Flashcards in Glossary for Water on the Land Deck (83):
Where a river begins
Where a river enters the sea (may be an estuary or a delta)
Smaller riers that join a larger river channel
Where a tributary joins a larger river channel
The area of land drained by a single river system
The edge of the drainage basin (usually a high ridge of land)
The entire length of the river from source to mouth
A cut-through or cross-section of the river at any one point. In the upper course the cross profile is a steep side v shaped valley, with a small narrow river. In the middle course it is less steep sided, with a wider floodplain and a wider river channel. In the lower course the cross profile is a very flat floodplain with a very wide river channel.
The volume of water being carried in the river channel (measure in cumecs - m3/s
The breakdown of rock and sediment by moving forces
The downward erosion of the river channel caused by the downward pull of gravity on the river water. This occurs in the upper course and creates a steep sided cross profile.
The sideways erosion of the river channel. This occurs in the middle and lower course and creates a very wide, flat cross profile.
The river's flow throws sand and sediment against the river bed and banks
The river's flow erodes the bed and banks
Particles carried in the river rub against each other and are worn down
The action of acids and salts in the river water corroding the bed and banks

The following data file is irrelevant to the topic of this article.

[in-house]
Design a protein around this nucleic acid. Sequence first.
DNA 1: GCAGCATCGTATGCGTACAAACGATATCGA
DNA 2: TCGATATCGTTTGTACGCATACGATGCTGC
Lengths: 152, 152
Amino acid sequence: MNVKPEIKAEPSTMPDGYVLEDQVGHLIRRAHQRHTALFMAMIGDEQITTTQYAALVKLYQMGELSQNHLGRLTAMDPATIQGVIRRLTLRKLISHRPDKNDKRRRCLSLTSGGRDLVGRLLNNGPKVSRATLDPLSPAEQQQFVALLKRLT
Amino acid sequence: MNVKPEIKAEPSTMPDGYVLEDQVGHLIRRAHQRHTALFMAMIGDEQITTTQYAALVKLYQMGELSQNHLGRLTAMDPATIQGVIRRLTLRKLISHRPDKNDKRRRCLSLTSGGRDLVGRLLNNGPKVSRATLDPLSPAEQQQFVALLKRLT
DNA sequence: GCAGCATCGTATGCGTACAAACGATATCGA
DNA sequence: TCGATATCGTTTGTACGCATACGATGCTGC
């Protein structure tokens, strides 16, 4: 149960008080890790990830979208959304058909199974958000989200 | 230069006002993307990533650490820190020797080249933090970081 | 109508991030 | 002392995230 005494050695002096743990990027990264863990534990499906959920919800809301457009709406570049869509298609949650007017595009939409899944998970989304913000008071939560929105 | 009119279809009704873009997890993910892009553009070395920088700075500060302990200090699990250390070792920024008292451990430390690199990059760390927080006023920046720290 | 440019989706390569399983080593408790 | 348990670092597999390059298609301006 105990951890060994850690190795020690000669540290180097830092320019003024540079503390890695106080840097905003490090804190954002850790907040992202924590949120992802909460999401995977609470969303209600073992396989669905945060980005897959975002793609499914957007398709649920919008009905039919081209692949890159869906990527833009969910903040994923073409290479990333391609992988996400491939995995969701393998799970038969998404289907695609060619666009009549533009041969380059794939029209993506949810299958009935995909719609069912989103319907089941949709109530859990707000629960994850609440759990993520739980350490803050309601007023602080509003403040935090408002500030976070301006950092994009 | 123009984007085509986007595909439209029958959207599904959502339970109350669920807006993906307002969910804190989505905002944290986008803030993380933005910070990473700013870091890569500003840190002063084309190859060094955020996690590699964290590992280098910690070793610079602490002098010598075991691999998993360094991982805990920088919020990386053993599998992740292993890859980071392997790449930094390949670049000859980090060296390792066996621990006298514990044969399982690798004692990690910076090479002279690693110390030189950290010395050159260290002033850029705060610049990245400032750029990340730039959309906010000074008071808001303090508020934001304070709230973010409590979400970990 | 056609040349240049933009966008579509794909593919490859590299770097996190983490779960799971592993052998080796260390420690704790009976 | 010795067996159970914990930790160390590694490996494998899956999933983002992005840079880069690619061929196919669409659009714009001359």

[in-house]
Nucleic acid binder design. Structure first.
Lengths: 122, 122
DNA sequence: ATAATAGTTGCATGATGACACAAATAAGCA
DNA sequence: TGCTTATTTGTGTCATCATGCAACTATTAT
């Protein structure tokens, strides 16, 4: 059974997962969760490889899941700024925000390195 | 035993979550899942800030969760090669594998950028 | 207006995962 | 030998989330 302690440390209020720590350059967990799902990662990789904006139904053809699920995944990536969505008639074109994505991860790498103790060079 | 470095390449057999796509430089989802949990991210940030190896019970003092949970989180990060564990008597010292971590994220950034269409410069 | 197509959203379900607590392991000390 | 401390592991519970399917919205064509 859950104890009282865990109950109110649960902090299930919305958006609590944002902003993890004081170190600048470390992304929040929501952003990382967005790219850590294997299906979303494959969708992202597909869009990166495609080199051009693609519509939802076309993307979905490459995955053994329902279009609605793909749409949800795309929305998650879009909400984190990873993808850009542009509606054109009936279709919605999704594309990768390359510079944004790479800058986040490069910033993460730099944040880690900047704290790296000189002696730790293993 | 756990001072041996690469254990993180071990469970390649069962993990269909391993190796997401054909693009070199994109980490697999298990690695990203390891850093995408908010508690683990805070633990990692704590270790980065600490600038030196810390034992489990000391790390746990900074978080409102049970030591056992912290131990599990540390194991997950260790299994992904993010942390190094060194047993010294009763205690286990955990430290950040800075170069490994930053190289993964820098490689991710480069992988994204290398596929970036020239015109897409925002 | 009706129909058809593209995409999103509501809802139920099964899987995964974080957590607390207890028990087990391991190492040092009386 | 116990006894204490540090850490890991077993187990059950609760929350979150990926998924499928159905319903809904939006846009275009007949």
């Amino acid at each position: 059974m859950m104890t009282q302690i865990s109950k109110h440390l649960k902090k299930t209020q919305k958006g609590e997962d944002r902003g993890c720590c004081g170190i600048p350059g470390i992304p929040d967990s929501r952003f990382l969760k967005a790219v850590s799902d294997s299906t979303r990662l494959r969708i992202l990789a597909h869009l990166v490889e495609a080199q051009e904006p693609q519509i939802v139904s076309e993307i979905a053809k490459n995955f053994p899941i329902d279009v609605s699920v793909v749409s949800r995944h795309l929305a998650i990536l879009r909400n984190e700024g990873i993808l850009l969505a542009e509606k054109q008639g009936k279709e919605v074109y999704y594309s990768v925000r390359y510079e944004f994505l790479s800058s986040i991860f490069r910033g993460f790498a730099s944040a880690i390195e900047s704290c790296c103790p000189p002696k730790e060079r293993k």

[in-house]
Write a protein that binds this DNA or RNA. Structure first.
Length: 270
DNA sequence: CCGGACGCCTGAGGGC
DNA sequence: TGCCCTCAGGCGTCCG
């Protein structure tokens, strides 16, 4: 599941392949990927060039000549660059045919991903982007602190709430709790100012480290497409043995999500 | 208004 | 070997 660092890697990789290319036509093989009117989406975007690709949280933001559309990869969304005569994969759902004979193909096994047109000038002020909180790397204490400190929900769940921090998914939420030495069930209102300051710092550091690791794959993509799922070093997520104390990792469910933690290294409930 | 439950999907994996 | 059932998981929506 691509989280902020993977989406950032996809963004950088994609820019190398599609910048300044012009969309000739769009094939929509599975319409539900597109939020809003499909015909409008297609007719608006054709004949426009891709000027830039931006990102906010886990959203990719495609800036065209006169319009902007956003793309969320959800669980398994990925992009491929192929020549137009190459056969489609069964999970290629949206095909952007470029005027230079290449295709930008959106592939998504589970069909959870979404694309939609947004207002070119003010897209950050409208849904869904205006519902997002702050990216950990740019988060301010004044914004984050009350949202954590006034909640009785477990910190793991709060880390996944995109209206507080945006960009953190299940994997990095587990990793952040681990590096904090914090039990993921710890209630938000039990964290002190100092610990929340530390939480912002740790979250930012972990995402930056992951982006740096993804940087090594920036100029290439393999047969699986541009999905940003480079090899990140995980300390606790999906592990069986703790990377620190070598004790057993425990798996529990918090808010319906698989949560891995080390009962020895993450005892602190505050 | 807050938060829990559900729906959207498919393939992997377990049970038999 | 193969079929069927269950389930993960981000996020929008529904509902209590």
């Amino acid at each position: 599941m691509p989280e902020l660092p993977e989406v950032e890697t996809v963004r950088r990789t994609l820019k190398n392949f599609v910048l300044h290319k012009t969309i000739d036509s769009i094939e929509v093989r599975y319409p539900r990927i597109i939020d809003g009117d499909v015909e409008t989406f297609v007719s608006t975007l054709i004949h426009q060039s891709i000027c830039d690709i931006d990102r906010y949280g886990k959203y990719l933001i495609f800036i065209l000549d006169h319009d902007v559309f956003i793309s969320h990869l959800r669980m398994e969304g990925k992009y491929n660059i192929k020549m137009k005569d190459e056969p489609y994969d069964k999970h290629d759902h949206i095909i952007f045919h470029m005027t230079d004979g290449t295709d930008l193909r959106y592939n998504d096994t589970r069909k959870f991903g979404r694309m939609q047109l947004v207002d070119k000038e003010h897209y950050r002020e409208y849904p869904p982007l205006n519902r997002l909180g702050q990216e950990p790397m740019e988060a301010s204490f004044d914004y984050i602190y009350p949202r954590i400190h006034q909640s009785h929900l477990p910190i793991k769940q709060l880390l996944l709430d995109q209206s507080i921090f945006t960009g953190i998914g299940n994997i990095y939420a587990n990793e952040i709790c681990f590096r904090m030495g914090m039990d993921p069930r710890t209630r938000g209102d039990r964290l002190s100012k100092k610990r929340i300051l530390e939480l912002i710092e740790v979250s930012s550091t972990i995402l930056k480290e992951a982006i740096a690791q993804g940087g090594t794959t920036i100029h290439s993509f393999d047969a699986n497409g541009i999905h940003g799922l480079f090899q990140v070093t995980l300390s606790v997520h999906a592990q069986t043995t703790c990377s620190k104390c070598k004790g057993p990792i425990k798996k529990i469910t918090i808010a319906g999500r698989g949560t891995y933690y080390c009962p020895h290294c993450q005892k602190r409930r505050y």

The movement of sediment from one place to another
The rolling of larger boulders on the river bed
The bouncing of smaller boulders on the river bed
When sediment is carried in the body of water
When sediment is dissolved in the water
The dumping of the sediment load carried in the waves. Encouraged by a reduction in flow, a fall in discharge or an obstruction in flow.
The sediment that is too large to be carried in the water and is found on the river bed (moved by traction and saltation at times of high flow).
The bedload that is still very jagged - has not been smoothed via erosion (found in the upper course).
The sediment that is carried in the water (moved by suspension and solution).
Landforms of erosion
Landforms created by the erosive power of the river (eg V shaped valleys, interlocking spurs, waterfalls, gorges). Usually found in the upper course of the river.
V shaped valley
Vertical erosion in the supper course creates these steep sided, narrow valleys. The river cuts down, and weathering and mass movement work on the valley sides. Over time steep sides form.
Areas of hard, resistant rock that the river flows around - found in the upper course (not to be confused with meanders which are found in the flat lower course).